Scallops aggregate in patch-like groups, and commercially fishable concentrations are called beds. Unlike Sea Scallops, which can move by propelling themselves with jets of expelled water, Icelandic Scallops remain attached to the substrate. Their aggregative and sedentary behaviors make Icelandic Scallop populations particularly vulnerable to fishing activity, which first removes the oldest and largest individuals and can also damage recently settled juveniles (DFO 1998a, b).
Icelandic Scallops are found throughout sub-arctic waters off Newfoundland, Labrador and Quebec in Canada, Iceland, Greenland, Norway, and in the Barents Sea off Russia (DFO 2004; Freese 2000).
The North Atlantic Oscillation (NAC), characterized by high barometric pressure over the Azores and low pressure over Iceland, drives currents that circulate cold water in the sub-artic. In 2004, the Icelandic Ministry of Fisheries attributed declines in the Icelandic Scallop population to a protozoan infestation and to unusually high sea temperatures in recent years that may have resulted from the North Atlantic Oscillation (MRI 2004).
Icelandic Scallops are broadcast spawners with males and females each releasing tens of millions of eggs and sperm into the water column. Water temperature and hormonal cues (e.g. the presence of spawn in the water) may trigger spawning. However, the spawning period of Icelandic Scallops is short and varies by area. In Iceland, spawning occurs in June and July (IMF 2005); in Quebec, spawning occurs in July and August (DFO 2004). Also, Sea Scallops mature faster and have a higher level of reproductive effort than Icelandic Scallops (Vahl 1981).
The largest scallop landings in Quebec occur in the Gulf of St. Lawrence, where landings have been generally stable since the late 1990s. From 1984 to 1990, Icelandic Scallop landings increased dramatically. Annual landings have decreased some since then, but it is unclear if this trend is due to the introduction of individual quotas in the Middle North Shore fishery or to declines in population abundance (DFO 2004). The most recent assessments of Icelandic Scallops in Newfoundland and Labrador were in 2001. At that time, Canadian scientists were concerned about high fishery exploitation rates, the decreasing size of scallops caught in those areas, and the increasing numbers of dead scallops with broken shells caused by collisions with dredges (DFO 2001a, b).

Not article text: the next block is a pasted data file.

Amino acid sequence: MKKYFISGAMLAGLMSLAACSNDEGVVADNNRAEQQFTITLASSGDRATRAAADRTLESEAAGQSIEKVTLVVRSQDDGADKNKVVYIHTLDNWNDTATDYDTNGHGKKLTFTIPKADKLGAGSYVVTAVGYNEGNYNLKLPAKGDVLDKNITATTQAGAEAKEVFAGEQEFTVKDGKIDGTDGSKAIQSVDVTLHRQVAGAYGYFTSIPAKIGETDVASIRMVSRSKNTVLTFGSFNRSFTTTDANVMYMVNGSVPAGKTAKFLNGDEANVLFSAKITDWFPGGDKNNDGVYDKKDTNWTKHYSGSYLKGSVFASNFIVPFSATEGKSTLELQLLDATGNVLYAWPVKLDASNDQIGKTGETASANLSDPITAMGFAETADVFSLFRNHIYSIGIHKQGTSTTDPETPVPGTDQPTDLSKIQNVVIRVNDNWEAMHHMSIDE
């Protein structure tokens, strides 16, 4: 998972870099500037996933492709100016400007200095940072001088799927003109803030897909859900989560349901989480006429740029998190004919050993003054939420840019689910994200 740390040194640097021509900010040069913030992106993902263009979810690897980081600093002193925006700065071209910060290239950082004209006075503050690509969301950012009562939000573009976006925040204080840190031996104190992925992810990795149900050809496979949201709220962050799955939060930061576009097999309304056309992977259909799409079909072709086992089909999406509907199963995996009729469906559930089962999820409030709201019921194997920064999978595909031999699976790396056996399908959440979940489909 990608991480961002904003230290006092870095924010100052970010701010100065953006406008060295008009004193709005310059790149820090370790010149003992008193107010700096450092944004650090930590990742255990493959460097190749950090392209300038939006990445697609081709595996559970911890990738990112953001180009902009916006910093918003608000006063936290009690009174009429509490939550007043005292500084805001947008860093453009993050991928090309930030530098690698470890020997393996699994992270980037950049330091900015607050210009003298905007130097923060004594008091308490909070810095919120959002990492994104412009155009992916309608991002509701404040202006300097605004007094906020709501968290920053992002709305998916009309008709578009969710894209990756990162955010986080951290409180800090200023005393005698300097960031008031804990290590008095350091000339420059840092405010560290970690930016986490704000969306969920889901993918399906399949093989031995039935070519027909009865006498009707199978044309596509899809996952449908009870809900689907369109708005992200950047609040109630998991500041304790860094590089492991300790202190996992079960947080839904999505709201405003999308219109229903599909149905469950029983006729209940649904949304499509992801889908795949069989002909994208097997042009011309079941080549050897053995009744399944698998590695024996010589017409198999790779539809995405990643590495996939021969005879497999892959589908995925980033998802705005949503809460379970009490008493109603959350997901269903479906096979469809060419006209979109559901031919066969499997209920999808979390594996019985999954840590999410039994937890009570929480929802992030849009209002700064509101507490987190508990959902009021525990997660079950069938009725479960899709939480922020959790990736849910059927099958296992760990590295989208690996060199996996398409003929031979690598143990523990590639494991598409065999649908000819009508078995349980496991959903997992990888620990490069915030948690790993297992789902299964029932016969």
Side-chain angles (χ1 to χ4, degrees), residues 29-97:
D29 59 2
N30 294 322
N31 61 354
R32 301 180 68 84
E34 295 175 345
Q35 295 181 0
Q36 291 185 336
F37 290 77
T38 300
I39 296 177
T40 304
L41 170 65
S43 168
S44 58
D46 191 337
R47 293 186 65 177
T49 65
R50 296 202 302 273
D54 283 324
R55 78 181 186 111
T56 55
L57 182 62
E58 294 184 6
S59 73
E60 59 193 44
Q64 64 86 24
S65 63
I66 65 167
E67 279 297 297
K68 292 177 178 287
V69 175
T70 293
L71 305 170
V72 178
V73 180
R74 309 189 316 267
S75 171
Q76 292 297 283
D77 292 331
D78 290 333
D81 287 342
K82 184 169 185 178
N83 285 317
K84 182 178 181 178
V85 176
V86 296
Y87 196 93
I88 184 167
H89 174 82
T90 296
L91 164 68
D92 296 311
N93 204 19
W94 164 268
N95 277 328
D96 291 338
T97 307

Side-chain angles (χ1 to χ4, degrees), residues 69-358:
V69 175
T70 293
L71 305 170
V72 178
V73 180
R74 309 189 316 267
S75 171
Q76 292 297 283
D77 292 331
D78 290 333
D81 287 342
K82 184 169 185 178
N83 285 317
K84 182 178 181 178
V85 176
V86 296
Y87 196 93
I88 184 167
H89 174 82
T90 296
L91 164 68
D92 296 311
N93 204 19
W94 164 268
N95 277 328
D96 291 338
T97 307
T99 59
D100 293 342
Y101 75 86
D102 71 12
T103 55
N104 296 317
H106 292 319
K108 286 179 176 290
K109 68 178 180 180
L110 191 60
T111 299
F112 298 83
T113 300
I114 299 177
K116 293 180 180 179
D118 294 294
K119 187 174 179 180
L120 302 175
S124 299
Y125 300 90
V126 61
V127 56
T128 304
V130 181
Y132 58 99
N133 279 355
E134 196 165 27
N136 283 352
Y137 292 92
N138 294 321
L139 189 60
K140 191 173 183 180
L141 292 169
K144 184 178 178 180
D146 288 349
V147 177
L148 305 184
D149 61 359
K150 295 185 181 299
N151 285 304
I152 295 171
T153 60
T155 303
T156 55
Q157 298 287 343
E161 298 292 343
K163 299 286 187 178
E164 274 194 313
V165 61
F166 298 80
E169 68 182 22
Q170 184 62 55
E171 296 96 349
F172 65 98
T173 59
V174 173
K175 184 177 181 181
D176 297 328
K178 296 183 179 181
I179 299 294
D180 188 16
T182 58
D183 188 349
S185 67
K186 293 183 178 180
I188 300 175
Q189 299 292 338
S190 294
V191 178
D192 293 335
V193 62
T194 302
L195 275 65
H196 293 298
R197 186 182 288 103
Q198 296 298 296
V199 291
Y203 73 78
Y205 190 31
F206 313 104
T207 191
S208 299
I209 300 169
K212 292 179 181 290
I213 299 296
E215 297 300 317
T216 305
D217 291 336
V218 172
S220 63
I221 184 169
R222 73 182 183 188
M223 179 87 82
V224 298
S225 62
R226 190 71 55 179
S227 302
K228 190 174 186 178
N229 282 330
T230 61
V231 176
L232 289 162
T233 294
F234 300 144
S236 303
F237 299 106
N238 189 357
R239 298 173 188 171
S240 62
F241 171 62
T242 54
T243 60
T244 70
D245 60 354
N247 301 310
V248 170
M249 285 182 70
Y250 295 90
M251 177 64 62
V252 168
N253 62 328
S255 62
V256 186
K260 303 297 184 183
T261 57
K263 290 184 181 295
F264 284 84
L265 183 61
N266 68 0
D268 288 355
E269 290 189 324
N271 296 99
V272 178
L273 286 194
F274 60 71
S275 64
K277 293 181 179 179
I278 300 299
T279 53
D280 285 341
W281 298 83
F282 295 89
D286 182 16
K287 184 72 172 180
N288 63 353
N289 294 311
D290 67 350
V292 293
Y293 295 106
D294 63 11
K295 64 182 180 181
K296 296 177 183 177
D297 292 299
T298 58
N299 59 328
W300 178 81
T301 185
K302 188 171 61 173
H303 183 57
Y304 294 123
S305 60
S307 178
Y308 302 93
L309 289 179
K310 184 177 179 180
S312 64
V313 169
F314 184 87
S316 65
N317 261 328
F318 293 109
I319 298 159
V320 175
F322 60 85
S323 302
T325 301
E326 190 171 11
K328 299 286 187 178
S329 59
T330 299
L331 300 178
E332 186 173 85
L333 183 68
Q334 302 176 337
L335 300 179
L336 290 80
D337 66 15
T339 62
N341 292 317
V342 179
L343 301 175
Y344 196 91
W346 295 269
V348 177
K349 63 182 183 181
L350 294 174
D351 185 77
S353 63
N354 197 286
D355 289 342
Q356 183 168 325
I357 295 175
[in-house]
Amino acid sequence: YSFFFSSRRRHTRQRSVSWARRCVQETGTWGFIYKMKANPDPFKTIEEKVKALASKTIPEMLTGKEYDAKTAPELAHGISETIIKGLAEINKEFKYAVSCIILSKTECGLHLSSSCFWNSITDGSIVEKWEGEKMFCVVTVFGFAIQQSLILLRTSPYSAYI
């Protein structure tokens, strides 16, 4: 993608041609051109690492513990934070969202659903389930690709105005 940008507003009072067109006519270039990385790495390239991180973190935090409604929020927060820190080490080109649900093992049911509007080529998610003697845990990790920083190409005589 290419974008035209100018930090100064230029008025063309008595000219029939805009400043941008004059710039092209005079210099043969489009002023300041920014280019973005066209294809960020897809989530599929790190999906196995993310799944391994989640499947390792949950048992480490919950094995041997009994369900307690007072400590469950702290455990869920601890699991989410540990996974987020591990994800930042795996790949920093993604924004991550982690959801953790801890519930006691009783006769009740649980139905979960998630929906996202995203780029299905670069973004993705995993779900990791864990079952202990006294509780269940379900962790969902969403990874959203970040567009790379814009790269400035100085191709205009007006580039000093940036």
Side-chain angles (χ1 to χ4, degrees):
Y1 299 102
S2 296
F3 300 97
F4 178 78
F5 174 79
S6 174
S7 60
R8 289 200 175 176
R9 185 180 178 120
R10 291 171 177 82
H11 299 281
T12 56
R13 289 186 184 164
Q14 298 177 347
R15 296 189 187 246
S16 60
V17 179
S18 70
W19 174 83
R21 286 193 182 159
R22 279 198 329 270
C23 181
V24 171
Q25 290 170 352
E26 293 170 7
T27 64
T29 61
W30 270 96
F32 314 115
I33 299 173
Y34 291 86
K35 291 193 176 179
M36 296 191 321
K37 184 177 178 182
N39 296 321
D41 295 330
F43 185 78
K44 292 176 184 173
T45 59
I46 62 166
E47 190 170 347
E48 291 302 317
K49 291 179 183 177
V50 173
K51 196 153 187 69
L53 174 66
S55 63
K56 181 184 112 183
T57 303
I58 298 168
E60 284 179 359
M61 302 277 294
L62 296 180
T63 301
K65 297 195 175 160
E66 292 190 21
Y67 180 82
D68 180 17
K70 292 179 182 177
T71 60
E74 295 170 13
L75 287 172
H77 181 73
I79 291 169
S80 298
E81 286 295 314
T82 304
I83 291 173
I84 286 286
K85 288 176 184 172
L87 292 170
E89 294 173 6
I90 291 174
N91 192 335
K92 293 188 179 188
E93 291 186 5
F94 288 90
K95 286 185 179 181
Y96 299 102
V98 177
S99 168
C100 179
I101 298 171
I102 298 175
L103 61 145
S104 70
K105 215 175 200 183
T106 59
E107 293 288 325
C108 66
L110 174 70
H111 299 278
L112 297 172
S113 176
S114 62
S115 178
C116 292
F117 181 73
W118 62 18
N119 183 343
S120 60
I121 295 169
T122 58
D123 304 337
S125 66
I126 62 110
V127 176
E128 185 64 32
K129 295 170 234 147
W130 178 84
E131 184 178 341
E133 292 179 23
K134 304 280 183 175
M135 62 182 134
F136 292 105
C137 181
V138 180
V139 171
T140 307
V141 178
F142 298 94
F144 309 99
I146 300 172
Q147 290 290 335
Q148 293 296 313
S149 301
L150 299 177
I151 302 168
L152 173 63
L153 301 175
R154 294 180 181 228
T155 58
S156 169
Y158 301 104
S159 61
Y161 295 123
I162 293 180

In Iceland, managers closed the main fishing area for Icelandic Scallops to halt drastic declines in population abundance that occurred from 2000 to 2003. 2003 abundance indices measured the population size to be only 27% of the average abundance from 1993 to 2000 and less than 20% of the historical high observed from 1980 to 1983.
In Norwegian waters, high fishery pressure off Svalbard, Bjørnøya, and Jan Mayen in the 1980s depleted the Icelandic Scallop population to such low levels that the fishery was abandoned. In 2000, the population and the fishery had not yet recovered (Freese 2000).
Canadian fisheries likely supply the majority of Icelandic Scallops to U.S. markets, but adequate information about abundance is only known for the scallops in Icelandic waters.
Source: Guide to Ocean Friendly Seafood – Photo Credit: Acélan